Tuesday, October 21, 2014

Making the Most of Reading Workshop

I hope everyone is having a good week so far.  I am *almost* done with report cards.  
On another note, thank you to the bloggers that nominated me for the Liebster Award.  I am thrilled that other teachers enjoy my blog posts.
Today I want to share tips on how to help build reading stamina and managing your class while working with guided reading groups.
(sorry for the blurry picture)
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In reading workshop, we have been focusing on our stamina.  Although my class loves to read, I explained that stamina is doing something for a period of time without getting tired or giving up.  Each ice cream scoop represents the number of minutes.  The goal is to get the cherry on top.  My class loves this visual!!
To develop this concept even further, graph the number of minutes each day.  Students love to see the progress they make.  I highly recommend this especially for Kindergarten and 1st grade teachers.  Plus, you can work on comparing numbers so you are also hitting some math standards.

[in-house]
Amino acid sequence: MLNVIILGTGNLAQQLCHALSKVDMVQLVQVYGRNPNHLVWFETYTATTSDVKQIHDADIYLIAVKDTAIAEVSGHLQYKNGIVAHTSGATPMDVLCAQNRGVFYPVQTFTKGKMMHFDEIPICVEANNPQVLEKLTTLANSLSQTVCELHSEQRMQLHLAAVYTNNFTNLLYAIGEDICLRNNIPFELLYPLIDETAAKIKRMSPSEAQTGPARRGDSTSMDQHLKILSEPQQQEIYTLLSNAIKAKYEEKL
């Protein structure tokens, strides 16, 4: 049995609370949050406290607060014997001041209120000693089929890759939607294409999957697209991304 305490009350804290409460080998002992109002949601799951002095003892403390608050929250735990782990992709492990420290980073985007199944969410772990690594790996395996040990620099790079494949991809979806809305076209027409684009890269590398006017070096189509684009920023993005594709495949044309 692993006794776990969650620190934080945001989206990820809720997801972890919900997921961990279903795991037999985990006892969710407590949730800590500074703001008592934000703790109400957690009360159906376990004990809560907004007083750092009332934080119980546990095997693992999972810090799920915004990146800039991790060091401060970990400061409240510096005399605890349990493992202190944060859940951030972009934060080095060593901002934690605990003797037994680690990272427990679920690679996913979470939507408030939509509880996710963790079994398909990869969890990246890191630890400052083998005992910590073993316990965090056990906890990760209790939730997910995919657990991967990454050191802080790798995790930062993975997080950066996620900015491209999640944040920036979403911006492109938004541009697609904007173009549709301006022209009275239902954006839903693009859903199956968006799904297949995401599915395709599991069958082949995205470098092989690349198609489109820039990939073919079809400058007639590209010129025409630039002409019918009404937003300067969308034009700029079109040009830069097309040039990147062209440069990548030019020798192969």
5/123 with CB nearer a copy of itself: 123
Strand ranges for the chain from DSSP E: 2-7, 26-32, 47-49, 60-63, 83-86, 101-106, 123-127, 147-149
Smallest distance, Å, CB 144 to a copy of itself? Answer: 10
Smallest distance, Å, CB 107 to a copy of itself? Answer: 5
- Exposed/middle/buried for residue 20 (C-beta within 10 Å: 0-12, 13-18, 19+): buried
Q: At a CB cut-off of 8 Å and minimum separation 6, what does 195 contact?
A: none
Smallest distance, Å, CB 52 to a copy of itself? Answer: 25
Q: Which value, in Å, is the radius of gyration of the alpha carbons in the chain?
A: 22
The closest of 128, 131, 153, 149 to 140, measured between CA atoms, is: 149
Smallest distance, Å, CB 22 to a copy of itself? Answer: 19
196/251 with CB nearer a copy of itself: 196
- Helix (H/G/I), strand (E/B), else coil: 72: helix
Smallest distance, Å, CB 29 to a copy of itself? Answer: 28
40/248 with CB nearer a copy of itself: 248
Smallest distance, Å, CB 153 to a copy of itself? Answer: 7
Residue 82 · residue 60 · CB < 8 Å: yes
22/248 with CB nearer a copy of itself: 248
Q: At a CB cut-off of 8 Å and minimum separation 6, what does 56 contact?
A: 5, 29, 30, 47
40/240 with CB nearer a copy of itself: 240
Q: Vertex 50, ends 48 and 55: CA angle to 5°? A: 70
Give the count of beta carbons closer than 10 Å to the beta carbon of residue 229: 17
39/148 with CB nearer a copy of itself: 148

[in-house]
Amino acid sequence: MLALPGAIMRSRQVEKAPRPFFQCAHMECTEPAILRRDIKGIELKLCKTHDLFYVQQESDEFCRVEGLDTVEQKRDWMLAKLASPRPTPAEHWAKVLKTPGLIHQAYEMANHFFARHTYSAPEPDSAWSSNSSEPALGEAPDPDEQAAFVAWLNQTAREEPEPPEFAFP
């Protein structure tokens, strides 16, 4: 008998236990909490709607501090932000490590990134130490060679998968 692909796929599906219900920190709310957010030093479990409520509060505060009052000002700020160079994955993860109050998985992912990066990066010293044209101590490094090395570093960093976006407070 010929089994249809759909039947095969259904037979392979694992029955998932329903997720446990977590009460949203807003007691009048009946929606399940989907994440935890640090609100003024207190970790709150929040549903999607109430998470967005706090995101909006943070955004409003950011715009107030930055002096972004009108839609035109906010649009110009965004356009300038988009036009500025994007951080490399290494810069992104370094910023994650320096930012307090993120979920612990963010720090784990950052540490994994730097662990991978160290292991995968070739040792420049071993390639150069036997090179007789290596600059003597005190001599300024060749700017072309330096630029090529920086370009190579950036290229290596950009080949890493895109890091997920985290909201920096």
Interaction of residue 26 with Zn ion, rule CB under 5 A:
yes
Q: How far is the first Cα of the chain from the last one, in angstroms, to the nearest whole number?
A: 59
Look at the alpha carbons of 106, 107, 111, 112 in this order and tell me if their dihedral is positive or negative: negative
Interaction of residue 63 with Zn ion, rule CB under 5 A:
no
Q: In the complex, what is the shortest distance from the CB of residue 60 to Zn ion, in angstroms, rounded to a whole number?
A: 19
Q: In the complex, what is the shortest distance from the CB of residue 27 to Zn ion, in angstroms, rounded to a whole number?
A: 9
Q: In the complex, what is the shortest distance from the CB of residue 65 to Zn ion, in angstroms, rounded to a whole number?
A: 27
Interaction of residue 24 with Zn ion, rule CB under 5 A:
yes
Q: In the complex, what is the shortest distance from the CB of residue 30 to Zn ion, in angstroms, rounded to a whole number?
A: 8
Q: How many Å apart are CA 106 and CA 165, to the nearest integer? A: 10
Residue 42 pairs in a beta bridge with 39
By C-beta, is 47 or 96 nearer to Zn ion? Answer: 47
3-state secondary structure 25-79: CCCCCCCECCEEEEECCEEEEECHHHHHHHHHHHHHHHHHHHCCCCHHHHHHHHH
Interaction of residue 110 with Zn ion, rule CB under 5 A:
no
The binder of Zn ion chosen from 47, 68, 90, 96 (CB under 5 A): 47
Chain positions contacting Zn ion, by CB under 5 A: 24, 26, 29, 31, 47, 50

Guided Reading groups are fully implemented in the classroom.  I try not to leave the Guided Reading table, but I struggle with not immediately redirecting students.  
Catherine from The Brown Bag Teacher presented an idea that fits my need perfectly.  I use a plastic sleeve from Lakeshore and a dry erase marker.  Then, I draw a plus and delta sign.  When I first presented this idea to my class, a student asked me why I put a triangle instead of a negative sign.  Although he was making a connection, I explained that my job is not to point out negatives.  Instead, I want to discuss what we can improve on.
As I am working with my Guided Reading groups, I take brief notes on what is happening in the classroom. The last few minutes of reading workshop are devoted to reflecting on how to become better readers.  During this time, we celebrate our success and discuss what to work on next time.  When I first implemented this I acknowledged a reader of the day.  Even though all of my students are fabulous readers, I like to praise students who are going above and beyond.  
One smart tip Catherine mentioned: Since the list is sitting on your teacher table where all students can see, make sure you use student initials.  Sometimes I write things down that can be taken care of by giving the student a verbal reminder, but the class doesn't need to know about it.
Thank you Catherine for the fabulous idea.  This has helped me a ton!!

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